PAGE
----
• RIKSBANK Sweden’s central bank kept its policy rate unchanged at 4% as universally expected. The statement said “There is less risk of inflation becoming entrenched at levels that are too high,” and that “The policy rate can therefore probably be cut soon than was indicated in the November forecast” which pointed to easing over 2025H2. It also said “If the prospects for inflation remain favorable, the possibility of the policy rate being cut during the first half of the year cannot be ruled out.” They did not publish updated forecasts that would fill in this window and the next forecasts with explicit forward rate guidance will be published on March 27th.
  • BCB Another 50bps Selic rate cut is universally expected on Tuesday. Banco Central do Brasil explicitly guides its intentions one meeting ahead at a time as it has cut in 50bps moves for the past four meetings. This one would bring cumulative cuts to 250bps from the 13.75% policy rate peak that existed until last summer. The last statement on December 13th said that “Committee members unanimously anticipate further reductions of the same magnitude in the next meetings” and note the plural reference in terms of expectations for the next meeting on March 20th. That takes some of the fun out of it for forecasters.
  • BCCH Banco Central de Chile cuts 100bps, as expected; anticipating a cut of at least 100bps at the next meeting absent inflationary surprises. One member voting for a larger reduction. Chilean manufacturing production surprisingly contracting year-on-year but retail sales posting a smaller-than-expected decline; commercial activity also contracted 3% y/y.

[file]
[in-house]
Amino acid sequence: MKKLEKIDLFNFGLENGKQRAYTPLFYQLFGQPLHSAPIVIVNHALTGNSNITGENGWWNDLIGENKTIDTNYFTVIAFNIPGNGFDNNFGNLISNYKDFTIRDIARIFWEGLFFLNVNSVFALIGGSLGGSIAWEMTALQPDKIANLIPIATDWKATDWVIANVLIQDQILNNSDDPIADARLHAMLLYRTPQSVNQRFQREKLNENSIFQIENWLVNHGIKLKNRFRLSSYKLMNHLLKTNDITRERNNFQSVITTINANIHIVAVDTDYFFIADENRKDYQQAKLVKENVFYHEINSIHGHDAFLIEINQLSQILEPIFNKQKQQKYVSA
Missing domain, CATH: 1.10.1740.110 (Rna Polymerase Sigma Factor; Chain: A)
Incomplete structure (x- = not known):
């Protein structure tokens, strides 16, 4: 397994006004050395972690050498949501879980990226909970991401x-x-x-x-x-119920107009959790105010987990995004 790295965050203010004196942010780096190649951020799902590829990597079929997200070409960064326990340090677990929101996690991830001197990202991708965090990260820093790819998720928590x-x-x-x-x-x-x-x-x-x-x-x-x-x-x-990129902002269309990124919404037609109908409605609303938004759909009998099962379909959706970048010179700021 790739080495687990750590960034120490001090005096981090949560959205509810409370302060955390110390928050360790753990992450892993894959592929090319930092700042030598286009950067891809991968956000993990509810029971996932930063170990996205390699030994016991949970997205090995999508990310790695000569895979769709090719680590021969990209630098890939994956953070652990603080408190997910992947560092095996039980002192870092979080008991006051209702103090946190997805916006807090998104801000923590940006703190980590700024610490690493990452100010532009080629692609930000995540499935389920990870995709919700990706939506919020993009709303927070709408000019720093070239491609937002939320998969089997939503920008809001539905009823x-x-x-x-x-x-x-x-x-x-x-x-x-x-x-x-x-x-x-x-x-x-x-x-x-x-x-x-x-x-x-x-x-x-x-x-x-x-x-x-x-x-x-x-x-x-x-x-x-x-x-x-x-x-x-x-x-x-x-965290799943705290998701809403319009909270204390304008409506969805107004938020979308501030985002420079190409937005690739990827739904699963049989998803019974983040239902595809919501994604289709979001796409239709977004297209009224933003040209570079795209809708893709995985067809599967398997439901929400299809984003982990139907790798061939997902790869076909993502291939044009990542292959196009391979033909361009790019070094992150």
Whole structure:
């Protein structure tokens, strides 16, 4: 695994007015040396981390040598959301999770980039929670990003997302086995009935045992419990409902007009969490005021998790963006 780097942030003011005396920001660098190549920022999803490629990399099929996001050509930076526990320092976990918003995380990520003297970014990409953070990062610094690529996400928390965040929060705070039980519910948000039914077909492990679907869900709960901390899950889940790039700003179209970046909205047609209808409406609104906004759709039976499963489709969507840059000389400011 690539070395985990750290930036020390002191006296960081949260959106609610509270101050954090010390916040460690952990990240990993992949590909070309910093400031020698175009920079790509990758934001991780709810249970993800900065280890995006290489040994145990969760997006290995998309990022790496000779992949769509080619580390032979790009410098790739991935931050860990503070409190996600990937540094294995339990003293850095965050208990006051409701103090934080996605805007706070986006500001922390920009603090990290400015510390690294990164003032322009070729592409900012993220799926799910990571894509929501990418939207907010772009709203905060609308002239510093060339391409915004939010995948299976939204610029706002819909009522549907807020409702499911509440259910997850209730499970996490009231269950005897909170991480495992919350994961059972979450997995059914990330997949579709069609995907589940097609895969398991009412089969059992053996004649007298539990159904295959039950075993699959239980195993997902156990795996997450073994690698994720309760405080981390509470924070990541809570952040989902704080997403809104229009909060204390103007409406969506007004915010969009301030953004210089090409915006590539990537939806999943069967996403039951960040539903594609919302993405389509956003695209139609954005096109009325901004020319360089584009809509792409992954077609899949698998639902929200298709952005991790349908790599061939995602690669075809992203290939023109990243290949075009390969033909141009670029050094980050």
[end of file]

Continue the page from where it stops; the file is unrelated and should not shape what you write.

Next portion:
• BANREP Banco de la República Colombia cut the monetary policy rate by 25bps to 12.75% in a split vote, with five members voting for the 25bps cut and two voting for a 50bps cut. It was a surprise for market consensus and us, as the median expectation was for a 50bps cut. In the communiqué, the central bank was cautious in recognizing the inflation progress as they said again that the core services prices didn’t reflect the same progress observed in the headline inflation. In addition, they still see risk around inflation, with the minimum wage having been set above the central bank’s expectation. There is still uncertainty around the effect of the “El Niño” weather phenomenon and regulated prices. The split vote is now tilted to the hawkish side, suggesting that there are 3 “swing” board members between the previous and current meetings.

Previews come from Scotiabank and other sources.

To say central bankers, have issues is an understatement. Already grappling with the quickest inflation in decades they now have these decisions to make, forcefully raise borrowing costs to defend currencies and risk hurting growth, spend reserves that took years to build to intervene in foreign exchange markets, or simply stand aside and let the market play out.

Most of the G10 central banks may complete their rate hike cycles around the middle of the year or earlier, the unwinding of central bank balance sheets may continue longer, depending on the damage done.

Eyes on the Bond Market

US Bond Watch